What the fuck was going on? I was starting to get worried.
Mack sat down next to me and told me what happened.
“You were hurt, bad,” he said. “We thought you were going to die.” He sobbed. “The bullet when through your stomach. You lost a lot of blood. When they got you to the hospital…” Mack sobbed and my mother buried her face in her hands, “you flatlined… You had no pulse,” he whispered.
I held his hand with as much strength as I could muster.
“They brought you back. And you were too weak for surgery… so they had you in a coma for four days… and then in surgery, they thought they lost you again.”
Mack looked so sad and scared. “That was 10 days ago. You’ve been in and out of a coma since then.”
I couldn’t process all that they were saying. I was shot… two weeks ago? By who? What happened?
“Three people are dead. Five more were shot, Adam. He had enough bullets to kill a couple hundred people. You stopped him, baby. You’re a hero.”
My dad stopped weeping. “The mayor was here. The governor called. You’re a hero, son. We’re very proud of you,” he choked up.
Just then, Rabbi Ari knocked on the casino firmaları door. My parents stood up and Mack smiled but didn’t move from my side.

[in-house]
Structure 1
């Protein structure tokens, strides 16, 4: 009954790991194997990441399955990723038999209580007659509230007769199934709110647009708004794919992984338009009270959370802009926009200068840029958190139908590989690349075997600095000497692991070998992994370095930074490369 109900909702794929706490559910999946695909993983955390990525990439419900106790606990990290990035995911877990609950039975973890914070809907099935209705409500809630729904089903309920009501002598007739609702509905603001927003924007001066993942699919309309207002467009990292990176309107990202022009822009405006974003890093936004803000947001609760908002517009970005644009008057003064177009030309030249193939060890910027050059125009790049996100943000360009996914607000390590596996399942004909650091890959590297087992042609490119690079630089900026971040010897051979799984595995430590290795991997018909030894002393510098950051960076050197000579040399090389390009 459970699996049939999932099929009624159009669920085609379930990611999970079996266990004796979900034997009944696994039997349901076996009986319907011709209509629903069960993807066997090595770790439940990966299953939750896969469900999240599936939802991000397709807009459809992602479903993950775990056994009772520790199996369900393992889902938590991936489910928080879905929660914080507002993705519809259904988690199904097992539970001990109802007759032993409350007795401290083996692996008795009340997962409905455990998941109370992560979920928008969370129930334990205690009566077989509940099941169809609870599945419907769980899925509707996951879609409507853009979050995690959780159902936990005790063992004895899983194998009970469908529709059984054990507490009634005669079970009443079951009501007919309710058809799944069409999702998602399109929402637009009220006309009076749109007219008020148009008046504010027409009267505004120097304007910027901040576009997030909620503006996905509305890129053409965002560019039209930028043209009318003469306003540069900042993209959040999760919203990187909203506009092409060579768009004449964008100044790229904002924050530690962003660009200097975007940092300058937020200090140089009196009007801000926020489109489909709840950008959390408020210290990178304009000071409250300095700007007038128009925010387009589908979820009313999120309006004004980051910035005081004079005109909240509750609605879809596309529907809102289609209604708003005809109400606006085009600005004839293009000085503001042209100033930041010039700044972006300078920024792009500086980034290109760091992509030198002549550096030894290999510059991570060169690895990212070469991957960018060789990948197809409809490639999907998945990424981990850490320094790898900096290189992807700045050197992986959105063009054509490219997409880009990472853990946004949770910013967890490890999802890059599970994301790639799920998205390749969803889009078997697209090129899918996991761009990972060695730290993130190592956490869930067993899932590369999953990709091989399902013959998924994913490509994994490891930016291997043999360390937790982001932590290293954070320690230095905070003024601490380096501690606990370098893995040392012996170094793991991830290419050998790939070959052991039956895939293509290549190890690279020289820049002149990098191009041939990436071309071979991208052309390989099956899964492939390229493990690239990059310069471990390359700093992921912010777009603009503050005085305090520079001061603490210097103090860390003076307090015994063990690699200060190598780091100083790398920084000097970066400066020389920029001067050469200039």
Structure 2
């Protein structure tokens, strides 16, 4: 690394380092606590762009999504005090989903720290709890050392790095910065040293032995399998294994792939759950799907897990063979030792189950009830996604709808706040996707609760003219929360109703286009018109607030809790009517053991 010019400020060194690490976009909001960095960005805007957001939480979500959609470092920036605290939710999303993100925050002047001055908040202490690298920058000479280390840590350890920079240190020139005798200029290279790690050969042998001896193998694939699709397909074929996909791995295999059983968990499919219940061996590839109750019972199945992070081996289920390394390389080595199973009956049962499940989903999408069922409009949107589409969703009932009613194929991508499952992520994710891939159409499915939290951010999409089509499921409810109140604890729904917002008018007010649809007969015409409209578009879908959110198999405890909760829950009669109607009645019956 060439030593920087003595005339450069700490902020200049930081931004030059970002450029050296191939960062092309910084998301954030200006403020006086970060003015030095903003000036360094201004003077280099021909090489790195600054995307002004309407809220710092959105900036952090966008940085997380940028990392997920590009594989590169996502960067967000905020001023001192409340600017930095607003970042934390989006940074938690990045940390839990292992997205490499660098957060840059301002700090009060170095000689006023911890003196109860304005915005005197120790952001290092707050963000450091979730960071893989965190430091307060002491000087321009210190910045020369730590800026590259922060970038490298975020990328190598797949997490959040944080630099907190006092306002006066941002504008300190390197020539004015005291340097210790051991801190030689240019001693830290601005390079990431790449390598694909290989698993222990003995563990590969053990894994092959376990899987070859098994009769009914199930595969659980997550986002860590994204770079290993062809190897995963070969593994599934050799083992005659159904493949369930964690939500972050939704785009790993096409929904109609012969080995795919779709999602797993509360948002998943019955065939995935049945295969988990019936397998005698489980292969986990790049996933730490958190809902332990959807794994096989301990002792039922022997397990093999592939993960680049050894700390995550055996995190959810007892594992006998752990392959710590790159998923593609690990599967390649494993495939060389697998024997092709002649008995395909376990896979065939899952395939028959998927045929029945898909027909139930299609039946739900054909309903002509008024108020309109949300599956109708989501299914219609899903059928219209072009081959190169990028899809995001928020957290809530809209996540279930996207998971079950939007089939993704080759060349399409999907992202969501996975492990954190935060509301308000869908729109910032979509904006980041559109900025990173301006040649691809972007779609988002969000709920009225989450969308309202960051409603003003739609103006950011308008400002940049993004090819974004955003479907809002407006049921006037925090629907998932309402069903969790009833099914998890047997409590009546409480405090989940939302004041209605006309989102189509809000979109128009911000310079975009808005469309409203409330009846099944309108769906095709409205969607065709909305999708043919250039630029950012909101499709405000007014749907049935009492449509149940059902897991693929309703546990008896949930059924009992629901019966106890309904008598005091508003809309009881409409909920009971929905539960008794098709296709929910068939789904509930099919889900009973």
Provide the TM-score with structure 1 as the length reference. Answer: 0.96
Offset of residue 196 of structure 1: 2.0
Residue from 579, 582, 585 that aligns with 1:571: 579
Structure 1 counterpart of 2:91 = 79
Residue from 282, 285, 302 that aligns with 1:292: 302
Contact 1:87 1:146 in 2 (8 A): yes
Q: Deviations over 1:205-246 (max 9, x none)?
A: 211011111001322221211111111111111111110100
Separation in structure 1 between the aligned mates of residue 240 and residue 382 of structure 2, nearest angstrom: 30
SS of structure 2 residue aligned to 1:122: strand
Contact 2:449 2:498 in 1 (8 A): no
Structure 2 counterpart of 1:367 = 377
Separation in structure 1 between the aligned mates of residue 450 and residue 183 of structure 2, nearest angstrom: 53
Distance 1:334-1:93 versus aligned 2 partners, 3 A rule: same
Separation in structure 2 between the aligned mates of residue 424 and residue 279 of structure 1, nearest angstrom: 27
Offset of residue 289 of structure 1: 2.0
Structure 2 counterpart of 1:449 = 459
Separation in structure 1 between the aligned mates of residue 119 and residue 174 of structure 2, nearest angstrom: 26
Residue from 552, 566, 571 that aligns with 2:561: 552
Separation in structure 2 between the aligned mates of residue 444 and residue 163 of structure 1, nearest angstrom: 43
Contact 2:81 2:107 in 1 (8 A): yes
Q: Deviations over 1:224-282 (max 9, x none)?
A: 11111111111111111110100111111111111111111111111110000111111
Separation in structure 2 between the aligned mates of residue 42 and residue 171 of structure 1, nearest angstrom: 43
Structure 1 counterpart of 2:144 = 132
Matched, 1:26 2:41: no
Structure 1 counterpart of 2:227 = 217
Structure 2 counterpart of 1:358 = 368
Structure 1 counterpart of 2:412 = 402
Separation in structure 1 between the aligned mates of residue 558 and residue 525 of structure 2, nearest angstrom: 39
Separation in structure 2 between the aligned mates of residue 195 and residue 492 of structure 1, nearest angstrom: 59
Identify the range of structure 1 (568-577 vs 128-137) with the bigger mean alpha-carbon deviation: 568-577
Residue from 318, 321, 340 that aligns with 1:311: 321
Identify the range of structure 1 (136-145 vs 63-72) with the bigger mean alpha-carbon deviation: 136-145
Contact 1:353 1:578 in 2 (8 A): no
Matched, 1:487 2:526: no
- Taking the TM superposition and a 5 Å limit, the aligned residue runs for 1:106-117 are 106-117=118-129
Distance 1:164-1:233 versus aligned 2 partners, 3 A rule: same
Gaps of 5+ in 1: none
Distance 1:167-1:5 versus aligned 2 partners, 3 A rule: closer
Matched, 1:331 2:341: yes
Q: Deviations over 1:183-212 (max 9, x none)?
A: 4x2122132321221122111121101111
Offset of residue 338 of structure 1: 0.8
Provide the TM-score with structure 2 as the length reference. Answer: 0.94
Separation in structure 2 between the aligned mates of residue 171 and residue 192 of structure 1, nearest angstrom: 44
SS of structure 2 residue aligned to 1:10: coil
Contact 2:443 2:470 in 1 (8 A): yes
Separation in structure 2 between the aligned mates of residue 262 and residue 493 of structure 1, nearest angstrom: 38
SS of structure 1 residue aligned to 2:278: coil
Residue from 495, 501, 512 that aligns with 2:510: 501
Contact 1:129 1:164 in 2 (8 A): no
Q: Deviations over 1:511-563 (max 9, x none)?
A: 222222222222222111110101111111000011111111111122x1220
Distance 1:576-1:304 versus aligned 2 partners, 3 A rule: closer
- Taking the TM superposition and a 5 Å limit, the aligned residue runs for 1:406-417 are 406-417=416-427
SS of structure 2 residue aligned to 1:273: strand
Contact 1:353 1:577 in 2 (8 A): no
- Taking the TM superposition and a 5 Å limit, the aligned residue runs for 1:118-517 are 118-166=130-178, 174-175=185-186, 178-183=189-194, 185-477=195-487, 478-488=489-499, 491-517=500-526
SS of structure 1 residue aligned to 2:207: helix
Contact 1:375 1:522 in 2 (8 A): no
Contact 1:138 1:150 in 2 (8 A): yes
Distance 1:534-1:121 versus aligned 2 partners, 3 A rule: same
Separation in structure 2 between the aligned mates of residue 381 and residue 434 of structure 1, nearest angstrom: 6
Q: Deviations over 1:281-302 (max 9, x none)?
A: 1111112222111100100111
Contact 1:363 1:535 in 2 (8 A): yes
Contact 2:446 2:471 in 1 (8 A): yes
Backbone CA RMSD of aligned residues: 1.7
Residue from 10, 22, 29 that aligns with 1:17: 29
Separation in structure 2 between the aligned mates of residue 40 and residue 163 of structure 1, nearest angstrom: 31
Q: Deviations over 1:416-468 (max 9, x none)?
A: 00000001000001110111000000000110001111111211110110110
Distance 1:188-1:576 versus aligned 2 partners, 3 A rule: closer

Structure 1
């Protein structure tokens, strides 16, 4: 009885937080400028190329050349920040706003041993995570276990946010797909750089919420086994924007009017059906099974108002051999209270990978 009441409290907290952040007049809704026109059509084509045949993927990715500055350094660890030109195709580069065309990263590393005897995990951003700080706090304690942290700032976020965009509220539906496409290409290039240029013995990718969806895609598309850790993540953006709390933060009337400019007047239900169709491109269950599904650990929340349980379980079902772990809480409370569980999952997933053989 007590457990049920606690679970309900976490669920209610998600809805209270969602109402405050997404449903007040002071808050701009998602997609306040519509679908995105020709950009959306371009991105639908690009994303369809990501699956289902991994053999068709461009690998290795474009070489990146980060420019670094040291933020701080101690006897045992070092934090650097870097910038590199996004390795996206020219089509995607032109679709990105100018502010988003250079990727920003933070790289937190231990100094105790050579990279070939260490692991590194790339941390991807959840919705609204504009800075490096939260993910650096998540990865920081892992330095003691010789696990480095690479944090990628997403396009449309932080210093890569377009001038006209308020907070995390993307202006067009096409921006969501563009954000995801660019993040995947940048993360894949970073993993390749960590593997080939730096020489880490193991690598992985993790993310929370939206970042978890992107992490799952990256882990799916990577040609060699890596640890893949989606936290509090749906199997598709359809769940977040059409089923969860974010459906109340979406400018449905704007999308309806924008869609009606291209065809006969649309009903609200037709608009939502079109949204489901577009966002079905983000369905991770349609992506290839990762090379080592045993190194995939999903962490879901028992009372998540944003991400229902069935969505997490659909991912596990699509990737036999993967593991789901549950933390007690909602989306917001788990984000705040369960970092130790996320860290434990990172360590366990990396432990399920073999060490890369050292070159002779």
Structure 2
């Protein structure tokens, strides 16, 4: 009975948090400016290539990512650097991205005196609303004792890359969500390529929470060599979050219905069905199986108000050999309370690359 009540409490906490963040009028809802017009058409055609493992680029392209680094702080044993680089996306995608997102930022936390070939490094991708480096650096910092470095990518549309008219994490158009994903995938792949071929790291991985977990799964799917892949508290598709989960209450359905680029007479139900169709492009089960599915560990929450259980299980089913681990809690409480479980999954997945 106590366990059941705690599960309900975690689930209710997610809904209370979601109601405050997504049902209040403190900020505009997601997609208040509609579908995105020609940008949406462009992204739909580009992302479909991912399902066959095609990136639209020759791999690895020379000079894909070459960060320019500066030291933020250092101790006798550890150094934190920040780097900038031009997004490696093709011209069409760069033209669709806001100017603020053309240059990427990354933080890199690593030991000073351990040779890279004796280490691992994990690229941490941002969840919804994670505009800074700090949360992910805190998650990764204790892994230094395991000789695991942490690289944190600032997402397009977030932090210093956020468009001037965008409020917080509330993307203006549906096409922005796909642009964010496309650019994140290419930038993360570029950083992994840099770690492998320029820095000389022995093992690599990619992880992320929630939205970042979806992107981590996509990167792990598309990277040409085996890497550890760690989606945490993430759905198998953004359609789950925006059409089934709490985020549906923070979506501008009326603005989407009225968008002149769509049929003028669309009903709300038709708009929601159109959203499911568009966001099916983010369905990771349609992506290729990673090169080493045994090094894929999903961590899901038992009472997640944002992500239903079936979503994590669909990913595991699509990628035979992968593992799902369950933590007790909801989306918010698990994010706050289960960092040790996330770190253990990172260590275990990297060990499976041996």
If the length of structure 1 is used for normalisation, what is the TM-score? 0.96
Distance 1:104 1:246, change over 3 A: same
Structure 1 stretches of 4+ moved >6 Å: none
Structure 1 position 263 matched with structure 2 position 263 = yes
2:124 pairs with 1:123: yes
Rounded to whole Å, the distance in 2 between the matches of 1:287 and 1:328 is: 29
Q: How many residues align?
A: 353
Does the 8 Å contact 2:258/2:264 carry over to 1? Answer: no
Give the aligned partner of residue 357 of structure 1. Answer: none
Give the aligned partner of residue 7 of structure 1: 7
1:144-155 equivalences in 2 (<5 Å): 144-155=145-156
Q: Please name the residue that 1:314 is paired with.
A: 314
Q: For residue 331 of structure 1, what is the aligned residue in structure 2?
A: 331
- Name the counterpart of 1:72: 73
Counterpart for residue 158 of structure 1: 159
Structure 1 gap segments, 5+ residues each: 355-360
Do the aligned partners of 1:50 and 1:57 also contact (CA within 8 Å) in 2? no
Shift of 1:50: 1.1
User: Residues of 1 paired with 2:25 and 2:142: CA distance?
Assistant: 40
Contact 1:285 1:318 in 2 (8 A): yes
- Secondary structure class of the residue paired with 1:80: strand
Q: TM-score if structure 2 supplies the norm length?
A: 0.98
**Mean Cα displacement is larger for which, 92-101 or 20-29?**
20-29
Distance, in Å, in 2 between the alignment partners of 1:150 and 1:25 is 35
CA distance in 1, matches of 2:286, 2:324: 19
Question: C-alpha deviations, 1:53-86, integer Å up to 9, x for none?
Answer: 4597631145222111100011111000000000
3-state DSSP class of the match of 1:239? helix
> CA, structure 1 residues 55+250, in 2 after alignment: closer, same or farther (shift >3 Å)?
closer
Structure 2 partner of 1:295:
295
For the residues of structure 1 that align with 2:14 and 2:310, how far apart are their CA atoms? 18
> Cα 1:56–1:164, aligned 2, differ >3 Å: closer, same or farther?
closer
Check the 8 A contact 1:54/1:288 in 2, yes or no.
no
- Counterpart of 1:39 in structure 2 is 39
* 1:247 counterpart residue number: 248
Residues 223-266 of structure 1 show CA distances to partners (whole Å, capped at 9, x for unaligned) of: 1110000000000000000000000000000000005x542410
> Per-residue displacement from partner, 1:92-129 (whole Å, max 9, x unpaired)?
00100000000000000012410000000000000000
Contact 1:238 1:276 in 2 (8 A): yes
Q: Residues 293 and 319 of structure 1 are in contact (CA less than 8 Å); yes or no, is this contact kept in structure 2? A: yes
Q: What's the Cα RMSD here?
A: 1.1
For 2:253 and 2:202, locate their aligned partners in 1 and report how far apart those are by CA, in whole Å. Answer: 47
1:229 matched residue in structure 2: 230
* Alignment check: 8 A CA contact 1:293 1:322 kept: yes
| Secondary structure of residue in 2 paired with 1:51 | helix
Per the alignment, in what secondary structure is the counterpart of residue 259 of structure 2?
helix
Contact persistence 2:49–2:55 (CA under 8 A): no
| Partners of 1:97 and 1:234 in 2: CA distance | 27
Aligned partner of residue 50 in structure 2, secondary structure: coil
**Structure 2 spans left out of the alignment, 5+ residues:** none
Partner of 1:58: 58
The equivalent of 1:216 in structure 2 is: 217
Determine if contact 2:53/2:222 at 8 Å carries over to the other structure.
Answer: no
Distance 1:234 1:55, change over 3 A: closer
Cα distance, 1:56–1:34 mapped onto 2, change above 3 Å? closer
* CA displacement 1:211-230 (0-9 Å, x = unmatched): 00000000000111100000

“Hello my friends. How is everyone doing?” He asked as he walked in. I felt tears welling up in my eyes. My parents stood up and shook his hand. When Mack rose to greet him, he fell into the rabbi’s arms, sobbing. Rabbi Ari held him and I could see there were tears in his eyes, too.
Rabbi Ari came over to me in the bed. “Adam, I’m so sorry you were hurt. And I’m so grateful you’re still here with us.” He smiled gently. He had a tender voice that was also strong. His hair was greying and I could tell he was tired.
“Rabbi, thank you for coming. Can we get you something to eat?” my mother asked. He smiled brightly. “I ate before I came. Thank you. I just wanted to be with all of you.”
We sat and talked for awhile. Rabbi Ari listened intently, asked a few questions, affirmed everyone in the room with loving tenderness. Before he left, he offered a gentle prayer for healing, praying for my body to heal, and for everyone who loved me. It was beautiful. And soon, I was asleep.